For all we know, he was probably using even this supposed recanting as another opportunity to make himself look good and honorable before human beings. Only God knows what is in Benny Hinn’s heart — It is possible to confess that you used to be a people-pleaser and still do it as another act of people-pleasing.

Of course I want and pray that Benny Hinn will fully embrace and preach and live out the true Gospel. As far as I know, what he has said is worth celebrating. But it is simply to early and we know too little to tell whether this is indeed what it happening. We celebrate the teaser, even as we await the rest of the story.

Yet despite this, I see a bigger and a more immediate cause for celebration. In just 5 minutes Benny Hinn has planted a seed of (or at least a curiosity for) the true gospel in millions of hearts that may never have considered listening to someone who wasn’t Benny Hinn.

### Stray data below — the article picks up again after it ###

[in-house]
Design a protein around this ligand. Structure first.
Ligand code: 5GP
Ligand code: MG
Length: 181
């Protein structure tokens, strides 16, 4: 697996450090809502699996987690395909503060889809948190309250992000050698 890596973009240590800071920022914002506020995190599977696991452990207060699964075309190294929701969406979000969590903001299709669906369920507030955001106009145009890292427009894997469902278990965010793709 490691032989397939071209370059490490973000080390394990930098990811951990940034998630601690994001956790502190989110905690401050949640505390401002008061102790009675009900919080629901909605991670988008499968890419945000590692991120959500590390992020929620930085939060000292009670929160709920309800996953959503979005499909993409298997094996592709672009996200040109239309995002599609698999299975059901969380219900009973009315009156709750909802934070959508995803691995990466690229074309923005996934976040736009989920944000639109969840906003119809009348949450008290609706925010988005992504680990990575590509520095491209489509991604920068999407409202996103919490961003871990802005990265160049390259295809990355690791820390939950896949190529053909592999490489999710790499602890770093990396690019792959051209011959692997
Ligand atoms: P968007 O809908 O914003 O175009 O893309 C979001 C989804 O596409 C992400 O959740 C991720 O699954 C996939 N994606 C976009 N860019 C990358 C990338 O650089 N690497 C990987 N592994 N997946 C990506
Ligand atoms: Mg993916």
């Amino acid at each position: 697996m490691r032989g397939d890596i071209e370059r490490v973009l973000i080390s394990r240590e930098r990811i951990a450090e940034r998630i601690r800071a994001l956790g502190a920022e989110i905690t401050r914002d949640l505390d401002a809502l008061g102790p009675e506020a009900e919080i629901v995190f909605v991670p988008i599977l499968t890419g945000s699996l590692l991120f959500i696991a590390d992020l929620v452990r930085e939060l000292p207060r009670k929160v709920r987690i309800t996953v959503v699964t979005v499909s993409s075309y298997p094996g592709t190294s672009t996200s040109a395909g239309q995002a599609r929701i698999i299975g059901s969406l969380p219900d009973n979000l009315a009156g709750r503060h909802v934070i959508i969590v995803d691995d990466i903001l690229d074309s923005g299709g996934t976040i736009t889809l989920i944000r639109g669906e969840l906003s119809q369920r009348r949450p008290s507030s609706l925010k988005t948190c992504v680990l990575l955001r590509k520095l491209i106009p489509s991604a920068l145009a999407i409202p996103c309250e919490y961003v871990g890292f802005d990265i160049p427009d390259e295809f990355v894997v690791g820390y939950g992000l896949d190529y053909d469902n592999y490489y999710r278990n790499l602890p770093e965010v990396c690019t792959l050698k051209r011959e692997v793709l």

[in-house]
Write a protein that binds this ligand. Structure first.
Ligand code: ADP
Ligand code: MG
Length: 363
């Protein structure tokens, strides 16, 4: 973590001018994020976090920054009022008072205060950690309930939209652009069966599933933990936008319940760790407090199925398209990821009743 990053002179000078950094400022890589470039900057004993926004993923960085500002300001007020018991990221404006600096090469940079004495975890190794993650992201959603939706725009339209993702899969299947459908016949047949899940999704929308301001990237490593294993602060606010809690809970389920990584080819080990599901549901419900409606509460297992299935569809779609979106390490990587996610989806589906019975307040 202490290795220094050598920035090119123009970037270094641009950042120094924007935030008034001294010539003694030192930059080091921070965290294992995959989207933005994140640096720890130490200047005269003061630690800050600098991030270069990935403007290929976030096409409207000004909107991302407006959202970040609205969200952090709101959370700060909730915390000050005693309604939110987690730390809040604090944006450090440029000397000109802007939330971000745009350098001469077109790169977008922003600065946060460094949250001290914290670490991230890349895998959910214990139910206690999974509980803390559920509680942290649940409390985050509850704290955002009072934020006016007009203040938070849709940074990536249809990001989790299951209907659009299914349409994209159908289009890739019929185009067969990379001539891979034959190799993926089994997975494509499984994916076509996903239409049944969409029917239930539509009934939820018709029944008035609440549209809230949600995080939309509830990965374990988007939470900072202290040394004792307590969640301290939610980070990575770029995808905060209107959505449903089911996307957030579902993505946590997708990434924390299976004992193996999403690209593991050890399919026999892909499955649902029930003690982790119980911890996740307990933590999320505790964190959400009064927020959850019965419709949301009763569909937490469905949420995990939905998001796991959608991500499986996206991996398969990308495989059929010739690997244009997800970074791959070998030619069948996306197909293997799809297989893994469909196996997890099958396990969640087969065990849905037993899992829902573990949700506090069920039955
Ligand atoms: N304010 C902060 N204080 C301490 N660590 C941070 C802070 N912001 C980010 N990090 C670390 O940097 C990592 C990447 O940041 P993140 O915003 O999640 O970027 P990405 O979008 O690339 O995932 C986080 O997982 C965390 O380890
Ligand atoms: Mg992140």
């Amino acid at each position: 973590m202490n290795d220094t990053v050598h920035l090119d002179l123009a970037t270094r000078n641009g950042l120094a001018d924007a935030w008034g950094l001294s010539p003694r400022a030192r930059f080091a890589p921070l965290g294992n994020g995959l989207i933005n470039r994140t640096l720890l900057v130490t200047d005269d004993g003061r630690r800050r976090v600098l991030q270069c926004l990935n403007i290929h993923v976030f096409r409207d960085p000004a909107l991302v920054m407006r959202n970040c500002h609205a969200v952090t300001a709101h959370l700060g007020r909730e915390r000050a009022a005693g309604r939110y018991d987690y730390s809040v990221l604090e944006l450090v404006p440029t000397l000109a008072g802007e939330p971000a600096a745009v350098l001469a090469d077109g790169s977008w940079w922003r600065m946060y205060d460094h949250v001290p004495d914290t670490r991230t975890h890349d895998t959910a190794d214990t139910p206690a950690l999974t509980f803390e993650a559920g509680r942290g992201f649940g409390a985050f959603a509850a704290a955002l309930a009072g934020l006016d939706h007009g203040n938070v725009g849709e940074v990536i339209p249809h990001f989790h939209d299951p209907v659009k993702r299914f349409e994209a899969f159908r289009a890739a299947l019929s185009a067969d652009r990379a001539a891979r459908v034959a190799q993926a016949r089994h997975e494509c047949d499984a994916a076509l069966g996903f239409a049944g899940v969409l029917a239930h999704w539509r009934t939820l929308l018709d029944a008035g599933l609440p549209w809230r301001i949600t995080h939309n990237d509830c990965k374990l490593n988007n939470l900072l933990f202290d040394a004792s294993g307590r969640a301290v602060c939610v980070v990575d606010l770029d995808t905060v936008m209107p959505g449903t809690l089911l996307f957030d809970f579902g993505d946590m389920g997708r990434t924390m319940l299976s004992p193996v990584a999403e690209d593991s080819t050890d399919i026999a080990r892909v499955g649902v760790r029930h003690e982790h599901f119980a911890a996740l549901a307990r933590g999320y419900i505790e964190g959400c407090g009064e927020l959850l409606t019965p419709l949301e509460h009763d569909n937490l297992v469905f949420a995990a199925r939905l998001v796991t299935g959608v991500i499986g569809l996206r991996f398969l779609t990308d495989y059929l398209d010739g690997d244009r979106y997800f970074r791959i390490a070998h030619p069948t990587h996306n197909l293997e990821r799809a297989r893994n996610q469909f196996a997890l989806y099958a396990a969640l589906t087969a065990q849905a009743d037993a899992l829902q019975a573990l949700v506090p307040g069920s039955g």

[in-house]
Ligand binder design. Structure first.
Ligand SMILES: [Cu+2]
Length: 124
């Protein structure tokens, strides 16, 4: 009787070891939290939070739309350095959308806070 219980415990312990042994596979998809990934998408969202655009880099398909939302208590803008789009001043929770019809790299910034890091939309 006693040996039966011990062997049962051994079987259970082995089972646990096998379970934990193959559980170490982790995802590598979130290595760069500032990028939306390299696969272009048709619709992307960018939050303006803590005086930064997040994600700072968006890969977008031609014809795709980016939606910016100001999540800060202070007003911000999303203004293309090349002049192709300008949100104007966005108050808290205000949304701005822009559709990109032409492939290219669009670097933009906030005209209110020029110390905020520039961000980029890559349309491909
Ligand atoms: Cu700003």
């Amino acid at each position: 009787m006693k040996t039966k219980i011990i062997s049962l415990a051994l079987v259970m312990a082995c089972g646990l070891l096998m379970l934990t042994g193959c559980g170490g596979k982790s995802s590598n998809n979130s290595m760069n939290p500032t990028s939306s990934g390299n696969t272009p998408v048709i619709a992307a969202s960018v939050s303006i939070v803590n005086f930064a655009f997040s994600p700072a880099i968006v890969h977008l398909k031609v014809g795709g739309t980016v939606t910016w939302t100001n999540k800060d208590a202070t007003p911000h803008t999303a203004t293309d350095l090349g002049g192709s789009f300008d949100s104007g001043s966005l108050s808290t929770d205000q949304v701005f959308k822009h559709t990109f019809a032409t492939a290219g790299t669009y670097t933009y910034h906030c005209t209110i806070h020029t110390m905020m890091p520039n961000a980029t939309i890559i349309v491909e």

Whatever we think of Benny Hinn in this season and afterwards, we cannot deny the fact that God has, in this moment, used him as His instrument. And this is definitely worth celebrating.

For the fame of His name.

Posted in Commentary, culture, The 4th Dimension

Why we should fundraise for weddings

A good friend of mine turned 30 the other day. So her fiance and friends decided to throw her a surprise party. Those who could chipped in to make the day a success. We also bought gifts to take to the party and did our best to keep the secret until the big day.

Nothing strange with this arrangement. Makes perfect sense. We also held a similar surprise party for another friend who was leaving the country to study abroad. People raised some money and organized the party. Totally normal affair.

So how come the topic of raising funds to celebrate the permanent union of two friends evokes so much emotion and debate today? Why has it become anathema for a couple to raise funds for their wedding?